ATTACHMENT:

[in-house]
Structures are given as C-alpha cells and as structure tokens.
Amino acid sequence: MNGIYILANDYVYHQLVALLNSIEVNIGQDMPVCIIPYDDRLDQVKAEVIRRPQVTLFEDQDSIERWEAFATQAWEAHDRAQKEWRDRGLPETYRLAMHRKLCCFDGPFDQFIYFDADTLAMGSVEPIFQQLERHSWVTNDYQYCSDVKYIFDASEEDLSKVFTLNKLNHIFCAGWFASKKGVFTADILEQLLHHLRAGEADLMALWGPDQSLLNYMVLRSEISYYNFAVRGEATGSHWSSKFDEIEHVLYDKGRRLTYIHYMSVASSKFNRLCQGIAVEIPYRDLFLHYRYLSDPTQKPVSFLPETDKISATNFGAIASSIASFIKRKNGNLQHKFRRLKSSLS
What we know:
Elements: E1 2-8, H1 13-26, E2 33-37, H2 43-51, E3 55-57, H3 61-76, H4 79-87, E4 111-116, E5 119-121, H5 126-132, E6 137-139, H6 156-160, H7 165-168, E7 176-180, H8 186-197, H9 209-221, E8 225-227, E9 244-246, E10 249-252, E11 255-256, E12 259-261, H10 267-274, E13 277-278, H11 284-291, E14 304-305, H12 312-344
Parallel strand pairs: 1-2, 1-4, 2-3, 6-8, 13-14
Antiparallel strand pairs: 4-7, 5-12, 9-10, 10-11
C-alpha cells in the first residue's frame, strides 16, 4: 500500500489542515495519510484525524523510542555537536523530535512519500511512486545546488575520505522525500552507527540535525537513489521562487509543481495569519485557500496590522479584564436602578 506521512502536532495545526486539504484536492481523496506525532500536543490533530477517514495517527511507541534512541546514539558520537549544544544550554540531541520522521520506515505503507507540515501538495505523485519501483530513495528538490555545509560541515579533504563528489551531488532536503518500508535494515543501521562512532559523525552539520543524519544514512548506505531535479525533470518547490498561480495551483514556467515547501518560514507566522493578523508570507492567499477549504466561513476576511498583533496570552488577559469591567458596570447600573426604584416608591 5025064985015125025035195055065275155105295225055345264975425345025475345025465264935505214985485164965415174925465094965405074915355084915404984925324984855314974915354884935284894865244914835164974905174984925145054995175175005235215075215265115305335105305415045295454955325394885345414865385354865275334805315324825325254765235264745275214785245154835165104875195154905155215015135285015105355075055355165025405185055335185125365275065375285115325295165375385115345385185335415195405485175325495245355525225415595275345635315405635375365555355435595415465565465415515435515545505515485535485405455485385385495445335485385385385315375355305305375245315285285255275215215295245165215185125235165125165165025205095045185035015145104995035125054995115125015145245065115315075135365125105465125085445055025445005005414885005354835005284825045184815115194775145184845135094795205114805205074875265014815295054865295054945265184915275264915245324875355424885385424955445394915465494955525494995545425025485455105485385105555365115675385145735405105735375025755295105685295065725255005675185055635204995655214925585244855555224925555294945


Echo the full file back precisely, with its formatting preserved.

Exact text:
[in-house]
Structures are given as C-alpha cells and as structure tokens.
Amino acid sequence: MNGIYILANDYVYHQLVALLNSIEVNIGQDMPVCIIPYDDRLDQVKAEVIRRPQVTLFEDQDSIERWEAFATQAWEAHDRAQKEWRDRGLPETYRLAMHRKLCCFDGPFDQFIYFDADTLAMGSVEPIFQQLERHSWVTNDYQYCSDVKYIFDASEEDLSKVFTLNKLNHIFCAGWFASKKGVFTADILEQLLHHLRAGEADLMALWGPDQSLLNYMVLRSEISYYNFAVRGEATGSHWSSKFDEIEHVLYDKGRRLTYIHYMSVASSKFNRLCQGIAVEIPYRDLFLHYRYLSDPTQKPVSFLPETDKISATNFGAIASSIASFIKRKNGNLQHKFRRLKSSLS
What we know:
Elements: E1 2-8, H1 13-26, E2 33-37, H2 43-51, E3 55-57, H3 61-76, H4 79-87, E4 111-116, E5 119-121, H5 126-132, E6 137-139, H6 156-160, H7 165-168, E7 176-180, H8 186-197, H9 209-221, E8 225-227, E9 244-246, E10 249-252, E11 255-256, E12 259-261, H10 267-274, E13 277-278, H11 284-291, E14 304-305, H12 312-344
Parallel strand pairs: 1-2, 1-4, 2-3, 6-8, 13-14
Antiparallel strand pairs: 4-7, 5-12, 9-10, 10-11
C-alpha cells in the first residue's frame, strides 16, 4: 500500500489542515495519510484525524523510542555537536523530535512519500511512486545546488575520505522525500552507527540535525537513489521562487509543481495569519485557500496590522479584564436602578 506521512502536532495545526486539504484536492481523496506525532500536543490533530477517514495517527511507541534512541546514539558520537549544544544550554540531541520522521520506515505503507507540515501538495505523485519501483530513495528538490555545509560541515579533504563528489551531488532536503518500508535494515543501521562512532559523525552539520543524519544514512548506505531535479525533470518547490498561480495551483514556467515547501518560514507566522493578523508570507492567499477549504466561513476576511498583533496570552488577559469591567458596570447600573426604584416608591 5025064985015125025035195055065275155105295225055345264975425345025475345025465264935505214985485164965415174925465094965405074915355084915404984925324984855314974915354884935284894865244914835164974905174984925145054995175175005235215075215265115305335105305415045295454955325394885345414865385354865275334805315324825325254765235264745275214785245154835165104875195154905155215015135285015105355075055355165025405185055335185125365275065375285115325295165375385115345385185335415195405485175325495245355525225415595275345635315405635375365555355435595415465565465415515435515545505515485535485405455485385385495445335485385385385315375355305305375245315285285255275215215295245165215185125235165125165165025205095045185035015145104995035125054995115125015145245065115315075135365125105465125085445055025445005005414885005354835005284825045184815115194775145184845135094795205114805205074875265014815295054865295054945265184915275264915245324875355424885385424955445394915465494955525494995545425025485455105485385105555365115675385145735405105735375025755295105685295065725255005675185055635204995655214925585244855555224925555294945